Local residents learned The Art of Publishing from author and publisher Matthew Miller over the weekend at the Elkin Public Library.
Three sessions were organized in such a way that participants could attend a portion of the workshop or all of it comfortably no matter what stage in the publishing process. Participants ranged in age and ability as they learned how to sharpen their writing skills, choose a publishing method as well as manage social media and other forms of marketing.
“There were people attending who are in the beginning stages of scribbling out their musings on random scraps of paper and others that are seasoned authors with a clear trajectory for their works,” described Miller. “Being in such a diverse group provided us the beauty of imagining together how we can take the craft of our art and vision and make it a reality.”
Miller also used the opportunity to encourage writers in practical ways, giving hints for inspiration when writer’s block comes, “and it will come,” insisted Miller. “If this lives in you and you are excited to say it, it’s worth hearing. It has to be you that share it. Your experience is what makes your story so unique.”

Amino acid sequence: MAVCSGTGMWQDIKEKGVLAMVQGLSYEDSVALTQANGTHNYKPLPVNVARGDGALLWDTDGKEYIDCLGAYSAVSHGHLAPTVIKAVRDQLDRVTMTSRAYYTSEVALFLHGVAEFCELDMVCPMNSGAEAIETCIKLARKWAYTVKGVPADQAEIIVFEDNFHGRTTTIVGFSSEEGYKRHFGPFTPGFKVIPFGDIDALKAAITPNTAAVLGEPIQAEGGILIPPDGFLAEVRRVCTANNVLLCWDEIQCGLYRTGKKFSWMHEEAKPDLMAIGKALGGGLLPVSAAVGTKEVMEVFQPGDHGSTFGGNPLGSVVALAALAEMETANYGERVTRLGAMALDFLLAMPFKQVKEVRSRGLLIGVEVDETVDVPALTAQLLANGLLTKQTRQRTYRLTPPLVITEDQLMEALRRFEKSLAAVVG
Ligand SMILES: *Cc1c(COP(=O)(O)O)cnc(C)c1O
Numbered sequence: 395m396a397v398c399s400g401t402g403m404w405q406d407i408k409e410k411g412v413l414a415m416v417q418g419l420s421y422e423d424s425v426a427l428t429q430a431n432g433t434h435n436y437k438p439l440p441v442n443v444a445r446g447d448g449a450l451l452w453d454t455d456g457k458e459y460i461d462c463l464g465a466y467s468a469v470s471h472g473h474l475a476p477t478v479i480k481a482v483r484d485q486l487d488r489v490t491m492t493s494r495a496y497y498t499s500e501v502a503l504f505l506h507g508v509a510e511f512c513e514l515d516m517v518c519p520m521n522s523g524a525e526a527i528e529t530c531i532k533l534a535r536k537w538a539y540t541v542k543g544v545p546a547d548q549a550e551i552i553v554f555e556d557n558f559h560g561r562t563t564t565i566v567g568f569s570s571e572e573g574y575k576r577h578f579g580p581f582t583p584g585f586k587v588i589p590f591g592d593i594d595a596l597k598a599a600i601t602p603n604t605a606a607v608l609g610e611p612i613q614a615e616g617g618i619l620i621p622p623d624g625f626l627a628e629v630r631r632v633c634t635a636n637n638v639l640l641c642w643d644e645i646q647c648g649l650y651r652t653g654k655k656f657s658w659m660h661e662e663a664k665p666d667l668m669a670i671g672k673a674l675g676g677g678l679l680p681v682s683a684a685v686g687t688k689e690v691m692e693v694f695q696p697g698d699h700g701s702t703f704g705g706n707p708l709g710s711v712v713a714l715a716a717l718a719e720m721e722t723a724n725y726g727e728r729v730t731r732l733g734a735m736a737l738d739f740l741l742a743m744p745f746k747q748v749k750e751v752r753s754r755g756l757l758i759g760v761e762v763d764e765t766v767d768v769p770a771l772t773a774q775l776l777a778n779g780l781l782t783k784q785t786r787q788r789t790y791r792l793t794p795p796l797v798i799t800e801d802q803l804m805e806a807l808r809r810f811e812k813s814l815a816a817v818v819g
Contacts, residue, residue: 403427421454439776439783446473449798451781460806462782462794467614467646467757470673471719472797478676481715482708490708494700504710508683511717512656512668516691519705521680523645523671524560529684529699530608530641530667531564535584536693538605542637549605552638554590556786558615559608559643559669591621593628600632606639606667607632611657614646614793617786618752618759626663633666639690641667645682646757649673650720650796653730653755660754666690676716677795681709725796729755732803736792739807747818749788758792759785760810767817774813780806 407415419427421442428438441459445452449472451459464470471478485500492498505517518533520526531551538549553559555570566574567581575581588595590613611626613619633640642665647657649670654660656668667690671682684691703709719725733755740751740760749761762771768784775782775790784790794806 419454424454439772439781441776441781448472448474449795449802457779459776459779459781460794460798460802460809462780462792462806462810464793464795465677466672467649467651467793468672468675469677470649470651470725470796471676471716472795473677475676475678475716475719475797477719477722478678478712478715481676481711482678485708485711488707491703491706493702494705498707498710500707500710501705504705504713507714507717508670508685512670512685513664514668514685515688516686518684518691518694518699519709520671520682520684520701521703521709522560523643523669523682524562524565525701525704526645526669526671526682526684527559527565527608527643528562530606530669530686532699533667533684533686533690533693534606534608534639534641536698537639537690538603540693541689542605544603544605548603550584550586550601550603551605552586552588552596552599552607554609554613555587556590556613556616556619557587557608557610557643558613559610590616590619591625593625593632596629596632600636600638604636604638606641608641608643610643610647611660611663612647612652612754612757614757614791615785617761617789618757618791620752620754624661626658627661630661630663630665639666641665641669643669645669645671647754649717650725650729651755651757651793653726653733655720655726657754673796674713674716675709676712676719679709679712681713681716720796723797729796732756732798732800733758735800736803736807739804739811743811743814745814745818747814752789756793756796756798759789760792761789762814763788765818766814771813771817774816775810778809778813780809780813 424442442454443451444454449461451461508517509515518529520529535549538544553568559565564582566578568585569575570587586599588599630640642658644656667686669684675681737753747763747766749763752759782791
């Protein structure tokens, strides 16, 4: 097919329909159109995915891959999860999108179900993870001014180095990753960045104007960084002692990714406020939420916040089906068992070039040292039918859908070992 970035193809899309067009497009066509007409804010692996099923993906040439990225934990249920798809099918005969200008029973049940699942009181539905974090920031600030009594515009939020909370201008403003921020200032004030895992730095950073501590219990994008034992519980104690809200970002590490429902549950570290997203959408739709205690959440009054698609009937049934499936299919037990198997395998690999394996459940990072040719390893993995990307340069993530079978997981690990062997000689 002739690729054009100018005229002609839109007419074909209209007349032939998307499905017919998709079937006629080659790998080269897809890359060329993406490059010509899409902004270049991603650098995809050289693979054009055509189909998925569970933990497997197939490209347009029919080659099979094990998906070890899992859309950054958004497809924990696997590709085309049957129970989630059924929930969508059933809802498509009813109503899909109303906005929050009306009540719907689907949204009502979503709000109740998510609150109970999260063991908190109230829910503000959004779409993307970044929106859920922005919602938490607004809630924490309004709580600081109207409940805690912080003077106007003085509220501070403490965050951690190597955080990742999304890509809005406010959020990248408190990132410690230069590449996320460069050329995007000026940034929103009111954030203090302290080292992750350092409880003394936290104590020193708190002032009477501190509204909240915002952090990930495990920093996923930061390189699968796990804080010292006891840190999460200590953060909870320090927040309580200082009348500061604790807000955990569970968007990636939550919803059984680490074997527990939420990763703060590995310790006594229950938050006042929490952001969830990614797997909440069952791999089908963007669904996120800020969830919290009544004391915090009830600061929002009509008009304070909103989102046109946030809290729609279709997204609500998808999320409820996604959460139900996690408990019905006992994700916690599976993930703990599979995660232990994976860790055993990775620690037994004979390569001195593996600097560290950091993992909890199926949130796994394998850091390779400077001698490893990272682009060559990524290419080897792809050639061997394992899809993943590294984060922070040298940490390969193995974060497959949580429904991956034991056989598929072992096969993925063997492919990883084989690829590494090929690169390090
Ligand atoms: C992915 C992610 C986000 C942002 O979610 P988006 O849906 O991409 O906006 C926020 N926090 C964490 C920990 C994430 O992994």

Miller recommended writers make a note to themselves explaining why they are writing the piece, who the intended audience is and why they need to know what is being written.
He also addressed the problem of finding the perfect environment for creating. “Learn to write in the crevices of time,” encouraged Miller, who suggested taking advantage of any spare moment to work whether it is writing during a lunch break of a child’s sports practice or thinking through characters and plot while driving or exercising. “One of the best and most creative times I have is while walking,” confessed Miller.
The intimate gathering provided real opportunity for those in the finishing stages of writing a novel to push forward to the next step in becoming published. “Matthew shared lots of tools for someone interested in self-publishing,” stated attendee Lynda Black. “He discussed online resources and walked us through processes such as uploading a book to one particular self-publishing site and designing a book cover.”
“I believe that the attendees most responded to the sessions on the mechanics of publishing,” stated Miller. “Our primary focus was on indie publishing, which has effectively democratized the publishing enterprise. Being able to show the community step by step how to go about publishing takes away some of that mystery and makes it accessible to some who may be intimidated by the prospect. No matter what your goals with publishing may be, it is important to know that today’s publishing climate provides a multitude of options. Our writings should be filled with wonder and mystery, but the path to getting published should not be.”
In spite of the small crowd, there was significant interest in the workshop with some attendees requesting similar workshops in the future. “I deeply enjoy the opportunity to share in each other’s life as a writing community and the workshop provided that ability,” stated Miller. “Everyone was very kind, receptive and willing to share ideas and that was wonderful to be a part of.”
Beanie Taylor can be reached at 336-258-4058 or on Twitter @TBeanieTaylor.